CENTERVILLE — There was a time when most towns along the Wasatch Front were separate — no chain stores, multi-lane highways or subdivisions with hundreds of homes.
Judy Gunn fondly remembers those days. From the Centerville "fortress" she calls home, she does what she can to hold of the ways of the past.
"We live in such an artificial environment," Gunn said, speaking from a wooden chair in her home. "Living in town, how much nature do we really have?"
Her house is a citadel, holding back the modern world.
"Neighbors across the street, which is now a cul-de-sac of houses, used to be a little farm," Gunn said.
Every castle has a queen, and Gunn is just that: the queen of spinning wool. She's spent decades perfecting her craft.
Sitting in her living room, running her spinning wheel with the power of her feet (no shoes, just socks), some would call her outdated; others have called her obsolete.
"It's therapeutic," she said with a laugh, "cheaper than Prozac."
Gunn finds humor in most anything, even in spelling her name. "G-U-N-N, as in double-barreled," she said.
For her, spinning wool is more important now than ever. She'll gladly explain how she feels about keeping in touch with those who came before.
"We talk about the pioneers, and what the children had to do growing up," she said, recounting a conversation she had with a group of kids. "Yeah, mom had to spin her own yarn and weave it into cloth; and if you wanted a different color, you had to go pick plants to make the dyes. If you wanted something, you had to make it."
Certainly, slaving away to spin and dye your own yarn isn't necessary these days, but Gunn doesn't look at it as work. She enjoys "the satisfaction of making something from scratch" and "the satisfaction of knowing you can, if you needed to."
Gunn speaks about her craft with a passion you'll only find in those who've devoted their lives to something they love. She knows how to work with the wool through every step of the process — from using a hand-operated machine to "blow open" the freshly sheared wool to dyeing it in a pot on her kitchen stove (next to a bottle of hot sauce and a bag of cough drops).
Gunn does things the old-fashioned way, and she's doing her part to keep this art alive. She is also a teacher, something that brings her a lot of fulfillment.
"They're just starting, and all of the sudden they're feeling it," she said. "They're getting it."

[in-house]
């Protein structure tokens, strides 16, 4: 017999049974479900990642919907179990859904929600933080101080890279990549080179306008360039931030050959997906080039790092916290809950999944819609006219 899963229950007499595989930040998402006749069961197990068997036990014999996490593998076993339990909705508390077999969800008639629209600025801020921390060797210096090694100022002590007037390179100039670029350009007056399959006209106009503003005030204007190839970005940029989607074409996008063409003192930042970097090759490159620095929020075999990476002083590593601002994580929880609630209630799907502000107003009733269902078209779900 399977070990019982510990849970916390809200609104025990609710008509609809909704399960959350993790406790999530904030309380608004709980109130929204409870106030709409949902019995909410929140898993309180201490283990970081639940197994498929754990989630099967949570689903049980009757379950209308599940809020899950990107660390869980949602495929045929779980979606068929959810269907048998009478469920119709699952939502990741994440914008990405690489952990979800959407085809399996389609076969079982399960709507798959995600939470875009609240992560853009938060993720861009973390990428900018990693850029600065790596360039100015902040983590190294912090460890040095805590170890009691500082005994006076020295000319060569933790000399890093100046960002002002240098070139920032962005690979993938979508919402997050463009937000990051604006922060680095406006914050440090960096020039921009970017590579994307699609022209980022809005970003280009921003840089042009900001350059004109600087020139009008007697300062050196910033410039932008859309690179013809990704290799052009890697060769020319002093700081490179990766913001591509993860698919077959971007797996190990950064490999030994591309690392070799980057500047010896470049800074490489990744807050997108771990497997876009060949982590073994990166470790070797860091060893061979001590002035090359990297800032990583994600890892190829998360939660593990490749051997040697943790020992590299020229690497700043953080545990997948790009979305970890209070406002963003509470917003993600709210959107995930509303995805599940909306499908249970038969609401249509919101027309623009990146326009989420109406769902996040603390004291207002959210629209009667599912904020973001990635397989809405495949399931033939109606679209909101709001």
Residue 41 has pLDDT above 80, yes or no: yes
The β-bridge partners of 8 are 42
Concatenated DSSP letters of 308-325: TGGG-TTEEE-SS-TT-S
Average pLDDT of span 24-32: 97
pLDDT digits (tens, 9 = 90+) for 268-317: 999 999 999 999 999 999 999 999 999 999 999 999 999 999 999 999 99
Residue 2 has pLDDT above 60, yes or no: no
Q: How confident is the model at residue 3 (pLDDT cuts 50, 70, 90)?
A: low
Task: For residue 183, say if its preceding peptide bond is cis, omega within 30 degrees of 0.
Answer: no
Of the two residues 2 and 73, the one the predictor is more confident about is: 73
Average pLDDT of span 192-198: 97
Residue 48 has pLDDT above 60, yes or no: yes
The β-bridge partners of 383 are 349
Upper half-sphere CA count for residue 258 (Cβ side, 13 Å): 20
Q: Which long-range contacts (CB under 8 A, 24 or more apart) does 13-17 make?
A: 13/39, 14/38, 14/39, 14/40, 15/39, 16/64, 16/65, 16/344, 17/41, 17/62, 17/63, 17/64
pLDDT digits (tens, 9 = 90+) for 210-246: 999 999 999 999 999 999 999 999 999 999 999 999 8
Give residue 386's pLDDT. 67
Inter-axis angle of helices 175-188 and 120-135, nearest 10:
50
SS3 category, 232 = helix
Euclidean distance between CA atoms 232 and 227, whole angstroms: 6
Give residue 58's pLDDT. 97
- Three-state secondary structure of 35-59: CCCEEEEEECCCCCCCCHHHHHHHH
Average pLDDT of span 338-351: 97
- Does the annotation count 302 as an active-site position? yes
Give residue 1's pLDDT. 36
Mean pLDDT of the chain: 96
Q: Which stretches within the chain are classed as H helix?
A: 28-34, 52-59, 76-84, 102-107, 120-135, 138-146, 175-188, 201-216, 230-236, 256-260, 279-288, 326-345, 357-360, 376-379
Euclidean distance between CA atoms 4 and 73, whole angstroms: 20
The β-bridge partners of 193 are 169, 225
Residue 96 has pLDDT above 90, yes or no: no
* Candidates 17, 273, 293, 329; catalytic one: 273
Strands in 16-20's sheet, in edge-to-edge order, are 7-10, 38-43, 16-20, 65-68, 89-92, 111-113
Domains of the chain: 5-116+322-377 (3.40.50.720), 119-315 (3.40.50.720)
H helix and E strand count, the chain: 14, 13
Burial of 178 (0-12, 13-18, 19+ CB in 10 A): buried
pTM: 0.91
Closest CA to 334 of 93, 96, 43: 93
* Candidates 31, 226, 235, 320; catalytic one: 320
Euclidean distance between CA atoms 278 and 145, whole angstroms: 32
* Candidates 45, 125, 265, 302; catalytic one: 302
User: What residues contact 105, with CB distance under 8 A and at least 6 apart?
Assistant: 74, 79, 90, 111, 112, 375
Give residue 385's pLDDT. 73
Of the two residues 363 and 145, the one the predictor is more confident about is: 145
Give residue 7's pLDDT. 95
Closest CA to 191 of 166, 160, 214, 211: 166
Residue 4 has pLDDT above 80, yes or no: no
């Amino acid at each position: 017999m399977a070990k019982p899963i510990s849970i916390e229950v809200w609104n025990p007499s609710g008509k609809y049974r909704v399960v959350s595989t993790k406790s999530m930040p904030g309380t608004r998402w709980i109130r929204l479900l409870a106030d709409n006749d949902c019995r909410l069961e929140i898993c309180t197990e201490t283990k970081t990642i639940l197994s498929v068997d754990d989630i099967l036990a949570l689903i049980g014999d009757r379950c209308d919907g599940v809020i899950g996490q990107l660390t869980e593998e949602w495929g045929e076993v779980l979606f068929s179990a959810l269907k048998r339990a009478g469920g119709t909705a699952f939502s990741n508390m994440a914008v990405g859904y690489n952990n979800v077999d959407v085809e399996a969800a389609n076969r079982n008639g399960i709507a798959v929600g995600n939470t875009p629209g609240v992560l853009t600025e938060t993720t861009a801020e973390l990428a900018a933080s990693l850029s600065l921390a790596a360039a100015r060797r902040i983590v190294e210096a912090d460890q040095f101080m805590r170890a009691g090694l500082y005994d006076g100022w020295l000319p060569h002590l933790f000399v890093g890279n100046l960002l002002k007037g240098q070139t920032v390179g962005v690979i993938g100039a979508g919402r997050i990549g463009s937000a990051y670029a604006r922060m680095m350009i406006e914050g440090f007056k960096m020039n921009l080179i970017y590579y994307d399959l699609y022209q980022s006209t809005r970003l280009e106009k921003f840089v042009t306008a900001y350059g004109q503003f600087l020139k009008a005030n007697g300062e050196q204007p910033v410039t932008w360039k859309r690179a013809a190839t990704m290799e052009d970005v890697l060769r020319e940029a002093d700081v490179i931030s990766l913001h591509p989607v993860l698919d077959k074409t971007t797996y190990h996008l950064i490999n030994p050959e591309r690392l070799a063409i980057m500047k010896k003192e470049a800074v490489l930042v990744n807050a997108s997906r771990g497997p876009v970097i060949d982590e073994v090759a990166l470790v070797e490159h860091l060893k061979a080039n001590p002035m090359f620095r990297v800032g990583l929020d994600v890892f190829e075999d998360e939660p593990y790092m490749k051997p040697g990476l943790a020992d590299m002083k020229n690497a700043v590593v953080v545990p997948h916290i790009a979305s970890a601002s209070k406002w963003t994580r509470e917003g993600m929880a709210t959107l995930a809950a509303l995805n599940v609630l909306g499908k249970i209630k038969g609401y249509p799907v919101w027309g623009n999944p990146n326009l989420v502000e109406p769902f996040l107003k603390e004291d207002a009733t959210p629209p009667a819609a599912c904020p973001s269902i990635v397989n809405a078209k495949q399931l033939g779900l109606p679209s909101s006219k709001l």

Gunn's passion has taken over her home. She calls her living room her "store," and that's not an exaggeration. Baskets and shelves with products for sale crowd an area where most might put a television. She calls it Judy's Novelty Wool.
"It's all my late husband's fault," she said with a laugh, adding that he wanted something besides a lawnmower to cut their grass.
"He said 'We can get some bummers,'" Gunn said. "Well, I'm a beach bunny from Southern California. 'You're gonna hire bums to mow all that?' (she asked). 'No, no, no, no,' (he said), 'Bummers: baby lambs you have to bottle feed.'"
When Gunn says she makes something "from beginning to end," she means just that — the queen of spinning is also a shepherd. Her back yard consists of a small farm, complete with a pasture full of wandering sheep.
"The sheep were just sheared," she said, pointing to bags of wool in her barn.
She regularly employs local children — partly for assistance, but also to educate them in "the way things used to be." With their help, Gunn's kept her flock and her farm safe from change.
"Golly," she said, shaking her head. "Since my husband died 22 years ago, I would have at least two developers knock on my door every year. Wanted to help me out. 'This is so much for an old lady to take care of,' (they'd say)."
Gunn's found herself and her flock living on a hot commodity. It's not just the former farm across the street that's fallen to a cluster of new homes.
"As soon as someone sells their house along Chase Lane," she said, gesturing towards the far side of her farm, "The city and county automatically changes it to residential, unless the buyer specifically states they are purchasing this as agricultural."
While her castle may be under siege, Gunn's taken steps to defend it — all the way down to her will.
"All of this is in my trust, in perpetuity," she said. "It cannot be sold and developed. So my kids know that when I'm gone, they're not getting any money out of it. They're trustees of the trust, keeping this agricultural."
Although they may not inherit her intense love of spinning wool, Gunn's children will make sure her fortress endures even after her reign comes to an end.
"We're trying to keep a little bit of mother nature's sanity," she said. "In the middle of town."
To learn more about Gunn's products or her classes, visit her website: judysnoveltywool.com.
Ray Boone is a photojournalist for KSL-TV. Contact him at firstname.lastname@example.org
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